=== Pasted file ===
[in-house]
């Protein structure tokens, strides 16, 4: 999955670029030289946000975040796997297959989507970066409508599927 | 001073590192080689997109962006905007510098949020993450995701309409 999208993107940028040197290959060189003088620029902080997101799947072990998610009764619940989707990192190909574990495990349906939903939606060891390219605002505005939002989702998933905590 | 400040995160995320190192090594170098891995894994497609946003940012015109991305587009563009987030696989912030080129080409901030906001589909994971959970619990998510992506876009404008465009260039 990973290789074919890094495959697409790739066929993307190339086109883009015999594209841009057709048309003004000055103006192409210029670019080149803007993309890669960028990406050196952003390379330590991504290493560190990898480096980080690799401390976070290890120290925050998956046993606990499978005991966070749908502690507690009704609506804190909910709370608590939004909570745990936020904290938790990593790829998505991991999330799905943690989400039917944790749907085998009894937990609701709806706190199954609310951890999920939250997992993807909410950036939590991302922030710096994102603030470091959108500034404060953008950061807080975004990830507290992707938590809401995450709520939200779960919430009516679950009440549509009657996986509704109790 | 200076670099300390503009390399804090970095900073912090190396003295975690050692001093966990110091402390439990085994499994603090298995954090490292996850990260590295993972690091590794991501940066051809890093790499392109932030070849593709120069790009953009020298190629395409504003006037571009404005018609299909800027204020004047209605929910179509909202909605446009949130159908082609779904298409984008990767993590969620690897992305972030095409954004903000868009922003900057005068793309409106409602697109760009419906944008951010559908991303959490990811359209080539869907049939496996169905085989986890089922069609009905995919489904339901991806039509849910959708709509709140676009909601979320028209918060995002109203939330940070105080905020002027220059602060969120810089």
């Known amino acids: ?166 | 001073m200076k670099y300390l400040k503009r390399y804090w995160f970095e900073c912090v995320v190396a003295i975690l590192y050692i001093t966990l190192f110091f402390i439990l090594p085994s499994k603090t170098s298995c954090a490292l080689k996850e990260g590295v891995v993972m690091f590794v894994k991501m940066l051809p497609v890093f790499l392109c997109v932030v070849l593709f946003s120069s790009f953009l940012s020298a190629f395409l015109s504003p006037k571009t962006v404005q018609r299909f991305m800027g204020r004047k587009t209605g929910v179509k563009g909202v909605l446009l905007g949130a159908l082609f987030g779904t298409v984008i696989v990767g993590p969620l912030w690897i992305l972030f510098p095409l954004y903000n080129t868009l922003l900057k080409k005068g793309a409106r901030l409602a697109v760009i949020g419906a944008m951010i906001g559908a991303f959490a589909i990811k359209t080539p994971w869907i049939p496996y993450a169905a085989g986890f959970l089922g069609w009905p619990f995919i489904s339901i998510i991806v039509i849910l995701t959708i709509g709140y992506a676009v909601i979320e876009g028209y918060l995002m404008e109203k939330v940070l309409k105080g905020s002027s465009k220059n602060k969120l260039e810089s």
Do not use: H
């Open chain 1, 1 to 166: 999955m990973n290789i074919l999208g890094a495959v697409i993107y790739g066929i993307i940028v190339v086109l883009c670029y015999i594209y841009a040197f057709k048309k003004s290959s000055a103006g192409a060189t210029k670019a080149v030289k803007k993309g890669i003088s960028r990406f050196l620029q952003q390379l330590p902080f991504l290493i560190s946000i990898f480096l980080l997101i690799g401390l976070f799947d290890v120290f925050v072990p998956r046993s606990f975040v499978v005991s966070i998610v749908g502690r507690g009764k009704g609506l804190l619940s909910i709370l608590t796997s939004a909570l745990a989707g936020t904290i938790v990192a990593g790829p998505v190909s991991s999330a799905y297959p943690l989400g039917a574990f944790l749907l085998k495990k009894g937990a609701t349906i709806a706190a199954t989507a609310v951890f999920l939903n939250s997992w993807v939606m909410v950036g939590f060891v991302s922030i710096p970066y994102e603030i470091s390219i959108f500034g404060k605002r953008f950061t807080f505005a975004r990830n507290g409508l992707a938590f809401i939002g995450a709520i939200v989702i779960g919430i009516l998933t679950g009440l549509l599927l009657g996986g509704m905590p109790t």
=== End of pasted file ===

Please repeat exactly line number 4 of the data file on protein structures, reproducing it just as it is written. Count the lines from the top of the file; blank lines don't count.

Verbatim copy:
Do not use: H